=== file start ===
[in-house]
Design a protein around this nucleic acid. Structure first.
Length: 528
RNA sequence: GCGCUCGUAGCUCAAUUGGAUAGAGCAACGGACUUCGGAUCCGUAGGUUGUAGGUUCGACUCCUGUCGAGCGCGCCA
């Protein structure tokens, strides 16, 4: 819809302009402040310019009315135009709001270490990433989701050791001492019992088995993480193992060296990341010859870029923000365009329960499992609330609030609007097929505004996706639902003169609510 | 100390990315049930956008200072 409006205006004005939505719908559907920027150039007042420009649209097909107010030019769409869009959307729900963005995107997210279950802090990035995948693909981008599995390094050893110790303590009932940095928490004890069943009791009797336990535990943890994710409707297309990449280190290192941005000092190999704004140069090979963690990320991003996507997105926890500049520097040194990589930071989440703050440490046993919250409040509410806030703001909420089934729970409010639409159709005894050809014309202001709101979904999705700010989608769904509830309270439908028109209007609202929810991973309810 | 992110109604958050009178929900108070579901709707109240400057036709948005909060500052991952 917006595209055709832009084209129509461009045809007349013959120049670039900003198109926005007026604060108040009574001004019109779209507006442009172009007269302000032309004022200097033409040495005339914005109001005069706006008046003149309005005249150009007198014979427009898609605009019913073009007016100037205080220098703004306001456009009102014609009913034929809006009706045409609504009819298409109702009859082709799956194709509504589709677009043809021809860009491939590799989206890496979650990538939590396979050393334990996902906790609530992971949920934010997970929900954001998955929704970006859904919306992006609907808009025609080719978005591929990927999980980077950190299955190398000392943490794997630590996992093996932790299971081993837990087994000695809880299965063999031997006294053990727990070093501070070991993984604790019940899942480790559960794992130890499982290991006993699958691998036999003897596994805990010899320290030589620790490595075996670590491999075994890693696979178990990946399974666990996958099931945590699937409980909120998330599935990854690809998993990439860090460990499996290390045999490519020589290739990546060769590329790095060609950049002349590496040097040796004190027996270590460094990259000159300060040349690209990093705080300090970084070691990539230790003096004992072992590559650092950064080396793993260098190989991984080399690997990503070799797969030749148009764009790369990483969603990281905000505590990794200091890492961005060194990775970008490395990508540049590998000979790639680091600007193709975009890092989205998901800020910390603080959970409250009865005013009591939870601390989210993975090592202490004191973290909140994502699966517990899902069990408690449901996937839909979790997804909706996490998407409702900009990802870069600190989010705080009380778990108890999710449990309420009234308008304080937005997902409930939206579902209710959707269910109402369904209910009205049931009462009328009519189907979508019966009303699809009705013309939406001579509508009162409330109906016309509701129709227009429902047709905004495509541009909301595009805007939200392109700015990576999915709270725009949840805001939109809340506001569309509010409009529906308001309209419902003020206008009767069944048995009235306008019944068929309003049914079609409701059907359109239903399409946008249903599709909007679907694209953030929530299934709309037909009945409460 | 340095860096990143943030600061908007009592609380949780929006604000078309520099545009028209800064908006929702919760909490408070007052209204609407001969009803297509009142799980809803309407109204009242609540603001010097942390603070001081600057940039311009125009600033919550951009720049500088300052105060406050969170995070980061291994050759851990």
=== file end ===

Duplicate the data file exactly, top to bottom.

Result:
[in-house]
Design a protein around this nucleic acid. Structure first.
Length: 528
RNA sequence: GCGCUCGUAGCUCAAUUGGAUAGAGCAACGGACUUCGGAUCCGUAGGUUGUAGGUUCGACUCCUGUCGAGCGCGCCA
């Protein structure tokens, strides 16, 4: 819809302009402040310019009315135009709001270490990433989701050791001492019992088995993480193992060296990341010859870029923000365009329960499992609330609030609007097929505004996706639902003169609510 | 100390990315049930956008200072 409006205006004005939505719908559907920027150039007042420009649209097909107010030019769409869009959307729900963005995107997210279950802090990035995948693909981008599995390094050893110790303590009932940095928490004890069943009791009797336990535990943890994710409707297309990449280190290192941005000092190999704004140069090979963690990320991003996507997105926890500049520097040194990589930071989440703050440490046993919250409040509410806030703001909420089934729970409010639409159709005894050809014309202001709101979904999705700010989608769904509830309270439908028109209007609202929810991973309810 | 992110109604958050009178929900108070579901709707109240400057036709948005909060500052991952 917006595209055709832009084209129509461009045809007349013959120049670039900003198109926005007026604060108040009574001004019109779209507006442009172009007269302000032309004022200097033409040495005339914005109001005069706006008046003149309005005249150009007198014979427009898609605009019913073009007016100037205080220098703004306001456009009102014609009913034929809006009706045409609504009819298409109702009859082709799956194709509504589709677009043809021809860009491939590799989206890496979650990538939590396979050393334990996902906790609530992971949920934010997970929900954001998955929704970006859904919306992006609907808009025609080719978005591929990927999980980077950190299955190398000392943490794997630590996992093996932790299971081993837990087994000695809880299965063999031997006294053990727990070093501070070991993984604790019940899942480790559960794992130890499982290991006993699958691998036999003897596994805990010899320290030589620790490595075996670590491999075994890693696979178990990946399974666990996958099931945590699937409980909120998330599935990854690809998993990439860090460990499996290390045999490519020589290739990546060769590329790095060609950049002349590496040097040796004190027996270590460094990259000159300060040349690209990093705080300090970084070691990539230790003096004992072992590559650092950064080396793993260098190989991984080399690997990503070799797969030749148009764009790369990483969603990281905000505590990794200091890492961005060194990775970008490395990508540049590998000979790639680091600007193709975009890092989205998901800020910390603080959970409250009865005013009591939870601390989210993975090592202490004191973290909140994502699966517990899902069990408690449901996937839909979790997804909706996490998407409702900009990802870069600190989010705080009380778990108890999710449990309420009234308008304080937005997902409930939206579902209710959707269910109402369904209910009205049931009462009328009519189907979508019966009303699809009705013309939406001579509508009162409330109906016309509701129709227009429902047709905004495509541009909301595009805007939200392109700015990576999915709270725009949840805001939109809340506001569309509010409009529906308001309209419902003020206008009767069944048995009235306008019944068929309003049914079609409701059907359109239903399409946008249903599709909007679907694209953030929530299934709309037909009945409460 | 340095860096990143943030600061908007009592609380949780929006604000078309520099545009028209800064908006929702919760909490408070007052209204609407001969009803297509009142799980809803309407109204009242609540603001010097942390603070001081600057940039311009125009600033919550951009720049500088300052105060406050969170995070980061291994050759851990």